The strategy was to improve the AMEX's reputation among professional investors.  By strengthening these relationships, we would attract more investors to group luncheons, thereby increasing both meeting efficacy and issuer's visibility.   We did this by raising the bar for issuer companies desiring face-to-face meetings with the investment community.  To make the best use of time for all concerned, we pushed for more preparation from companies by examining message points and by helping AMEX evaluate whether anticipated events would be noteworthy enough to attract investors' attention.   By adhering to these parameters, we wanted investors and analysts to begin associating AMEX more with its "stars" (or 'up and coming' prospects) than its laggards.  For those companies that fell below the market cap minimum, we worked closely with AMEX to suggest ways to increase market information available on the Internet and identify other visibility opportunities, prior to executing a meeting on their behalf.  In some cases, we recommended webcasting to individual investors, an audience receptive to investing in micro-cap issues and unburdened by chartered investment restrictions, instead of group meetings.  By directing issuers to the best vehicle to reach their most appropriate audience, we sought to improve the executable results for both them and AMEX.


Once the issuer has approved of the program, we issue a formal AMEX invitation on their behalf to a target list.  Simultaneously, FRB researches and writes the pitch for the issuer.  Two to three days afterwards, we proactively market the company by phone to those on the target list.  Financial information kits are sent to expected attendees (and prospects) so that they have an opportunity to do their investment research before the meeting.  By keeping track of cancellation rates by city, we are able to help our clients keep costs low and minimize extra effort by providing an attritioned participants list, which we provide 3-5 days prior to the event.  On the day of the event, to ensure maximal attendance we conduct a round of reminder calls the morning of.  We prepare nametags and survey forms are prepared to facilitate issuers' interaction with investors and garner feedback from them.  After the meeting, FRB collects the surveys and prepares a follow-up report, which includes a summary of the issuer's investment attractiveness, perceived strengths, weaknesses, investment obstacles and recommendations on improving the presentation and information provided.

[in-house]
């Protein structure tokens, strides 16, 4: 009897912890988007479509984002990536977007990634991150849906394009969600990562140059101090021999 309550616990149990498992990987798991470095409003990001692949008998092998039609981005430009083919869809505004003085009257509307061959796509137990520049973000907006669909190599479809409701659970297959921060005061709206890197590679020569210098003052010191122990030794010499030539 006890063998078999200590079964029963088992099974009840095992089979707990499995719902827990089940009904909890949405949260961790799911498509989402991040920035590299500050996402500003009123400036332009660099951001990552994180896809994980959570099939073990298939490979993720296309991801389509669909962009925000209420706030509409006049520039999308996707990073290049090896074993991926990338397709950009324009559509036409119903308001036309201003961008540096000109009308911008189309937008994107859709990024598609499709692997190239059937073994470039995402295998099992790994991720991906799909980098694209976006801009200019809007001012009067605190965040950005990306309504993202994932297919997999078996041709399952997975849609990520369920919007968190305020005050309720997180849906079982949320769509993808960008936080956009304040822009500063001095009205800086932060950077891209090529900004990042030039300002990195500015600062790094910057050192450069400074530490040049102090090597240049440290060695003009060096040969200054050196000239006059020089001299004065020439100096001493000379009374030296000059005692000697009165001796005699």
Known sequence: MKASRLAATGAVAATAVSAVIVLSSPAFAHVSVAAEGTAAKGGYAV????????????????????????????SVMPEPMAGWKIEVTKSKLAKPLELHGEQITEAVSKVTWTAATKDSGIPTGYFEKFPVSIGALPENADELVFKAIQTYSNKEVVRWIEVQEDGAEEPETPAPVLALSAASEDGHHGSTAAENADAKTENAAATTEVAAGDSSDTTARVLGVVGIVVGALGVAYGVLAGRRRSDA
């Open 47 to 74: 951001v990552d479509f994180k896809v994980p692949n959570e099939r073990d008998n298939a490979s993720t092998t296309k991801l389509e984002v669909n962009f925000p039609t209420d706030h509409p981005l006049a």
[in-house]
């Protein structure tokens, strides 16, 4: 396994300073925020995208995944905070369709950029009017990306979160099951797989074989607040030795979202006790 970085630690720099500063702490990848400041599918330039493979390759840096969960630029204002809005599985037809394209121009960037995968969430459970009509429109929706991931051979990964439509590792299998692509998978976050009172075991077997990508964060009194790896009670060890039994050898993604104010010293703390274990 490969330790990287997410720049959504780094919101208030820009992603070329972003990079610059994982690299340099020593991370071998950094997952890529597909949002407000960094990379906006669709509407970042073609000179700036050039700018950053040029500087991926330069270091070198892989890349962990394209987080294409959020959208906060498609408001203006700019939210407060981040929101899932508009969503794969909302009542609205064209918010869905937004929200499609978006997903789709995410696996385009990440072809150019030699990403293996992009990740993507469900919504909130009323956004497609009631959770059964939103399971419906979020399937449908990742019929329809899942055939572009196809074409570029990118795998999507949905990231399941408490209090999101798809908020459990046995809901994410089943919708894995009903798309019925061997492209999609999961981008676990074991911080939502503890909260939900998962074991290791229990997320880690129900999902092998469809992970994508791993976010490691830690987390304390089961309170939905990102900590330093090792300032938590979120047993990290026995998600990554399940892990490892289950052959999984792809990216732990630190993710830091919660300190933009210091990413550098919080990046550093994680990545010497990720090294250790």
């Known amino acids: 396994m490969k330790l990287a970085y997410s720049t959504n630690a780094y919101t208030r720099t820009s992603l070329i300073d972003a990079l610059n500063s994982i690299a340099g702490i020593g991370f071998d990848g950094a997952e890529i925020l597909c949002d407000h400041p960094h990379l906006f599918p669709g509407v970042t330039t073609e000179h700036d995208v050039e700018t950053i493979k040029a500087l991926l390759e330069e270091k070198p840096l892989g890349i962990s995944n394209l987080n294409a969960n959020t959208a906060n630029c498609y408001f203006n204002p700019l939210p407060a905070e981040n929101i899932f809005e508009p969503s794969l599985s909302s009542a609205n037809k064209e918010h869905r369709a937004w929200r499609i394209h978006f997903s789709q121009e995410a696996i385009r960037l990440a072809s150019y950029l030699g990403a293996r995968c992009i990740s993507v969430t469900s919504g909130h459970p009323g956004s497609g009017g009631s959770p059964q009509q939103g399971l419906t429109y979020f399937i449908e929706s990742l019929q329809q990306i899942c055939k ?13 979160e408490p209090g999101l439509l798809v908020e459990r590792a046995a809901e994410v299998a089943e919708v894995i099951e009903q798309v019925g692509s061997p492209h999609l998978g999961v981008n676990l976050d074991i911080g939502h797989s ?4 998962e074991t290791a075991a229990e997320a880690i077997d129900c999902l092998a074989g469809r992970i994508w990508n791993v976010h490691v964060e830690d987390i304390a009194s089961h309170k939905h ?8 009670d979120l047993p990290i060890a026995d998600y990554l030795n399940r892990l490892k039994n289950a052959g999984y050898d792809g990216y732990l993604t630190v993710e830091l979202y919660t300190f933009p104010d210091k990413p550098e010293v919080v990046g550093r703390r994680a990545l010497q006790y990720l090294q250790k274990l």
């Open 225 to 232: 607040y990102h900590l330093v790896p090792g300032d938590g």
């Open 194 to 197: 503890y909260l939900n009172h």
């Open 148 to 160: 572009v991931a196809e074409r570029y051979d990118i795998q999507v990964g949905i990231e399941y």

We thus far have experienced success in our meeting strategy.  In our August review, we executed over 32 meetings for 22 AMEX-listed companies (see Table I, Appendix) to 622 participants in 8 major U.S. cities.  Slightly more than half of the companies we conducted meetings for improved their stock prices. While there was no correlation between turnout and stock price improvement, 5 out of the 7 companies that conducted multiple meetings saw gains in their stock price.  Although market perception continues to ride against those companies below $50 million in market cap, we were successful 75% of the time in increasing the stock prices of the eight companies in this category.   We found that meetings were only as effective in improving share prices as the accompanying financials and growth prospects are sound and the targeted audience is appropriate. Therefore, we attribute most of our success to the careful screening we conduct on behalf of AMEX to ensure that the timing was appropriate to market the story.  This strategy not only worked out well for the AMEX, it also helped their issuers make better use of the Visibility Program for themselves.  Based on these initial findings, we have been invited to offer product offerings specific to each client tier, such as institutional targeting, webcast conferences and media outreach.  With an expanded budget to train AMEX's directors in basic investor relations for microcap companies, we hope to raise utilization rates, improve implementation and continue to obtain results for AMEX and its issuers in our second program year with AMEX.